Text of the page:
Zion – The Green (Chocolates and Roses Tour)


FullSizeRenderS: Valentines Day is just around the corner, can you tell me a bit about the jewelry line that you guys have put together?

Z:  “Our keyboardist, Ikaika, his girlfriend Nikki has her own jewelry company. We have been supporting her for a few years. She makes all custom made, beautiful, local Hawaiian jewelry. We always want to expand our merchandise and are always looking at new ideas. We came out with it at the end of last year, The Green Girl Jewelry Line. The first run was pendants, like bar pedants, which say Peace, Love, Strength or Hope. It’s named after one of our songs, The Power and The Words. It’s good timing for the tour we are on, The Chocolates and Roses Tour.”

S: I know you guys are splitting time with Through the Roots and SOJA on this tour, what is it like being on the road with these guys?

Z: The Green has known Through the Roots for a long time, and with SOJA too we have become close friends with them as well over the past couple years.  There’s a brotherhood. There’s a comradery, a history, and its always good to see each other. When we finally link up and get to see each other its like, the boys.

It’s just different when you are headlining a show and when you are supporting a show. At some times you are at the mercy of scheduling, availability and logistics so the fact that we can make this work with both bands is awesome.

While we are not with Through the Roots, they are on their own headlining tour.

With SOJA, we are only doing like 45 minutes to an hour, so it’s fun to knock it out and party with the boys while enjoying their show. With Through the Roots, we get to watch some of their set, but then we have to get ready for our show. It’s just a different schedule. Being with SOJA is a blessing because they are one of the biggest reggae bands in the world, I’d say. The fact that we get to play with them, be around, and hang out is a blessing. They are a good influence on us.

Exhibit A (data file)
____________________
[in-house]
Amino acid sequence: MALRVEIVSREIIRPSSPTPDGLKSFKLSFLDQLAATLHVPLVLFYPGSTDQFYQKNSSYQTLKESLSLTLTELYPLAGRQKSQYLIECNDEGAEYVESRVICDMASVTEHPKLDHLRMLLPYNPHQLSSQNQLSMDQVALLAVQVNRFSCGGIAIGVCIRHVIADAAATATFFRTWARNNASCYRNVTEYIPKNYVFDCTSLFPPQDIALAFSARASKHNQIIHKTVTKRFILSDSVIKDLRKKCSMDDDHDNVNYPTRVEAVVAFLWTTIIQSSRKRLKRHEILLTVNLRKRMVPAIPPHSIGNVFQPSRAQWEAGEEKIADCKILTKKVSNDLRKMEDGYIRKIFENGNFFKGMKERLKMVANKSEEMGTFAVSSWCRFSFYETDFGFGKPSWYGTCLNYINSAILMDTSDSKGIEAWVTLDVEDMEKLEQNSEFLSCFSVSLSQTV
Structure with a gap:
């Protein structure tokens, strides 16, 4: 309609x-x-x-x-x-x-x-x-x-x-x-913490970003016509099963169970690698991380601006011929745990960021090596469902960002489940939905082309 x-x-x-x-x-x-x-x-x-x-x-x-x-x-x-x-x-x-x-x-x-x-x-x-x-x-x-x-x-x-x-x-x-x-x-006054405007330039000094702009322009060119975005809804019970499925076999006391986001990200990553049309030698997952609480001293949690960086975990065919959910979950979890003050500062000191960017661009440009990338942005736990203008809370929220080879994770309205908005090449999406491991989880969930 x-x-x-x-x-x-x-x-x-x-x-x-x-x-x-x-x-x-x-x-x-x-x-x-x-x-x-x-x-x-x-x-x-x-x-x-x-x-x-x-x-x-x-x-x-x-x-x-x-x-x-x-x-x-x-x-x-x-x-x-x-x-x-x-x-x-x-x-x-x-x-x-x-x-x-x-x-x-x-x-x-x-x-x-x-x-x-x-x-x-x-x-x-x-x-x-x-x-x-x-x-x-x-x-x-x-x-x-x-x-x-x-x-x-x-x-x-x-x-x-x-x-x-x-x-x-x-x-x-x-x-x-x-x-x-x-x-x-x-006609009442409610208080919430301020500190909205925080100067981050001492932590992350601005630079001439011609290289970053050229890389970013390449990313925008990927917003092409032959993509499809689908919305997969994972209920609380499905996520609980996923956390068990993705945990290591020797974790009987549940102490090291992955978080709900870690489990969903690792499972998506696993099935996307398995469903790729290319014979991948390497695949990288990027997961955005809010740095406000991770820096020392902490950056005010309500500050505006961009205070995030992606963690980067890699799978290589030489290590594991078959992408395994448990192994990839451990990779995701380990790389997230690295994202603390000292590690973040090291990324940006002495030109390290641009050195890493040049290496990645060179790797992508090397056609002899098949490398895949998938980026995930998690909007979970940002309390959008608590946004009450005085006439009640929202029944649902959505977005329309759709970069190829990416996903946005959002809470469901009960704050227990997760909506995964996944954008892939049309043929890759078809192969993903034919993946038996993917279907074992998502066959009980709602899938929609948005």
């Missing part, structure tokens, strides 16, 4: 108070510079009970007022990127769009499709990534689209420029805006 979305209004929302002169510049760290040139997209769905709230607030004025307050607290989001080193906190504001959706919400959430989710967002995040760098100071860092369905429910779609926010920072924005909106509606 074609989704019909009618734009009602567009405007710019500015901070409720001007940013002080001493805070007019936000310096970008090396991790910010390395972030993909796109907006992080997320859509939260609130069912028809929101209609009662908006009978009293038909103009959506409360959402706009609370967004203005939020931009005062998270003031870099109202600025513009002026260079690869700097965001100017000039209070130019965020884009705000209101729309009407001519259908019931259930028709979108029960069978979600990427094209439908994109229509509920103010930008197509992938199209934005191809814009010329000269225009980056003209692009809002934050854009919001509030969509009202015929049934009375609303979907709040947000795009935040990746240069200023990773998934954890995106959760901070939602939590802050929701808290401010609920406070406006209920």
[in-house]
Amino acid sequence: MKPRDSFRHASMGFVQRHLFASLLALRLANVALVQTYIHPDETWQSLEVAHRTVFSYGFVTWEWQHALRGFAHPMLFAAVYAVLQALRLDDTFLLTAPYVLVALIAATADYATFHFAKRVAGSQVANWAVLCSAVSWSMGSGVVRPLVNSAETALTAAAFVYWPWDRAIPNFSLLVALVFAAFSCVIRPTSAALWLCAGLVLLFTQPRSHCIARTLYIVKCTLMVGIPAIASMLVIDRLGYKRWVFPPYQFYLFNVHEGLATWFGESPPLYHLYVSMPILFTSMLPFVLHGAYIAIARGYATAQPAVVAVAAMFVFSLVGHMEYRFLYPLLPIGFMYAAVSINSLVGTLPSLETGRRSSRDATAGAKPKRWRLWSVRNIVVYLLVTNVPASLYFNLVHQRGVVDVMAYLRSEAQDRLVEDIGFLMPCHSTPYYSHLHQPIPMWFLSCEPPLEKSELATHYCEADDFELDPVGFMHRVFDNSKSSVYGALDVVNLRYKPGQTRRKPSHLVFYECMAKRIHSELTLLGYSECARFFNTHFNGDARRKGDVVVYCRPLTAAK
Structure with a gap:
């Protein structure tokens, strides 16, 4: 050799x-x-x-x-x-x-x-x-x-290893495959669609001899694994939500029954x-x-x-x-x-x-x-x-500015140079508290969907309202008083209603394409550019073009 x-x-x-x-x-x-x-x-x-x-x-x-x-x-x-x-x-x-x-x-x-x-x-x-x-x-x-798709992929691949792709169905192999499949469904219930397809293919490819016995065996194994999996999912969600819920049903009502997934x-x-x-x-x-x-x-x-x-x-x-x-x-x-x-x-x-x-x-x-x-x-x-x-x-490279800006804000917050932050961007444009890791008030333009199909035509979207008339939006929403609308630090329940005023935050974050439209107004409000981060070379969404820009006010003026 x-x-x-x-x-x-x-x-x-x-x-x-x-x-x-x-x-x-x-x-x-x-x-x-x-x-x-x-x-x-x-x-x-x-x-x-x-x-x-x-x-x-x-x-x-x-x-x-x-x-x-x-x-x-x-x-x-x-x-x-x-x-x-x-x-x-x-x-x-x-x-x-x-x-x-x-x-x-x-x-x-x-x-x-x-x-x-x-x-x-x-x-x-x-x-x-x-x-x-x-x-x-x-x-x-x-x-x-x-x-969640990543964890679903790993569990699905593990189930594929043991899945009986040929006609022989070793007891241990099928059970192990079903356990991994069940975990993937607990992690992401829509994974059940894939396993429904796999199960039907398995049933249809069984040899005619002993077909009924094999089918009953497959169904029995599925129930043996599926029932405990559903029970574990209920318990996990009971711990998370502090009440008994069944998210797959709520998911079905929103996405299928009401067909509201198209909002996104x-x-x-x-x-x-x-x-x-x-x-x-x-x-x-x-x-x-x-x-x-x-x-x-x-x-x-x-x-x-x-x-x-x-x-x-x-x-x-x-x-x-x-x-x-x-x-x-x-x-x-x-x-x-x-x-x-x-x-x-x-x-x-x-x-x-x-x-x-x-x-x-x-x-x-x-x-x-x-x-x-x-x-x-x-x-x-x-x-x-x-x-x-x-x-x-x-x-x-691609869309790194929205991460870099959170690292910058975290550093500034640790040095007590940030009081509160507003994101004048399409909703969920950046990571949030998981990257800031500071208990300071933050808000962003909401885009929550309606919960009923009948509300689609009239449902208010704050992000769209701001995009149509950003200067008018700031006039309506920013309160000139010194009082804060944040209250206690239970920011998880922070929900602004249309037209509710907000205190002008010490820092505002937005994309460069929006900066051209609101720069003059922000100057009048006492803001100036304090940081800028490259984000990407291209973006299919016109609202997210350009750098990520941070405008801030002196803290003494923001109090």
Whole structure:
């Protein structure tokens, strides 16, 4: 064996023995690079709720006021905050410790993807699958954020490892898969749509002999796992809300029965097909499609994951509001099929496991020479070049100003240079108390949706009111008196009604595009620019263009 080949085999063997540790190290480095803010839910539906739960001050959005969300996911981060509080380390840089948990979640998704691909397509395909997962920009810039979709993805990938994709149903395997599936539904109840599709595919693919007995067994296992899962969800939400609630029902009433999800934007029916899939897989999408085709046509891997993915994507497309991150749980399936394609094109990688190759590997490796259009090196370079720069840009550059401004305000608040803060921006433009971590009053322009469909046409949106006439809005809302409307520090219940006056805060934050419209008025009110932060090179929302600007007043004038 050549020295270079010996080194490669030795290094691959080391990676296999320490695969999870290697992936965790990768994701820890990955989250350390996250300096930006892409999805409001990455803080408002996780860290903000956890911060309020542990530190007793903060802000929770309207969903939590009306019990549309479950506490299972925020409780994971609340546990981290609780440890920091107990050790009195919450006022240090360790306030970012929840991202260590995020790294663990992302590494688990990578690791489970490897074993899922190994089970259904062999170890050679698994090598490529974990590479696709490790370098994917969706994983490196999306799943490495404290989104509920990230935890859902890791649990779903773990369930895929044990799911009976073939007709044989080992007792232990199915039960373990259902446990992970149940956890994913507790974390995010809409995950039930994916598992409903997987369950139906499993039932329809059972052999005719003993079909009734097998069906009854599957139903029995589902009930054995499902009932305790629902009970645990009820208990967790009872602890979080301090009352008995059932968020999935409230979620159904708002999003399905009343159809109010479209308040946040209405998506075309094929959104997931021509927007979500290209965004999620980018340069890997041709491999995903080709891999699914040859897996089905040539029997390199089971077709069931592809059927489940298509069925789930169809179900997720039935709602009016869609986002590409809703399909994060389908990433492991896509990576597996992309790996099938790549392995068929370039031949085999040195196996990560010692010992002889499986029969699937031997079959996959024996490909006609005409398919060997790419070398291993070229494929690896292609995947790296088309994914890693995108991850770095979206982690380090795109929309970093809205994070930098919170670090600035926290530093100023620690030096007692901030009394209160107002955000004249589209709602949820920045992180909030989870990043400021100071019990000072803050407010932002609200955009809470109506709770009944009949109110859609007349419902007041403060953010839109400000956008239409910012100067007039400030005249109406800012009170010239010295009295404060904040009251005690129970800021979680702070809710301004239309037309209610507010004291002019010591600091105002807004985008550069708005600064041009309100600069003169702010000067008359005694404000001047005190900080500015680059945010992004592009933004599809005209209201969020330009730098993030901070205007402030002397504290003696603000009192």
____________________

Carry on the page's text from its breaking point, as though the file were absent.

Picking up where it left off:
We have been trying to tour hard and tour as diverse as we can while still delivering the same type of show.

S: One of the things The Green is known for is your singing, what do you think is special about harmonizing with the guys?

Z: It’s all about the kind of reggae music and music in general that we listen to.  We are all fans of vocals and harmonies. In old school reggae, Gladiators, Israel Vibrations, The Wailers, or anything like that has male or female harmonies, we love all that stuff. We always try and bring that to our music. Your sound comes from your influences and what you listen to. Also, what you surround yourself with as you are growing as a musician. Everything you see on the road affects how we play and what we sound like. We are just trying to enjoy what we are doing out here.

S: Being so far away from home, what keeps you lifted on the road and why?

Z: Our boy Lu from Hill Kid just gave us an inversion table. He moved from Colorado, God Bless Lu. We met him through the Rebelution guys. You just strap in and flip upside down. You were on it, that thing is mean. It’s good for the back because you get cramped in the bus.

I remember touring in vans and sleeping on the floor of people’s houses or in the van, so if you want to complain, you can’t. What’s the point? We are out here and we have gotten this far because of that. Where we are now, we’ve earned it. We put a lot of work into it and we keep each other together. It’s about the family vibes; there are 9 of us from the same place that grew up in the same kind of vibe. We are a family. There are places all over the country we will stop, and there is family there. They may not be blood, but they are family.

No matter how cold it is, the time difference, whatever it is you are feeling, we try and create long lasting friendships with the people we have connected with. It’s family that we have established, and that is the biggest blessing.

 S: What are you looking forward to the most this year? What can we expect with music, merch, festivals, etc?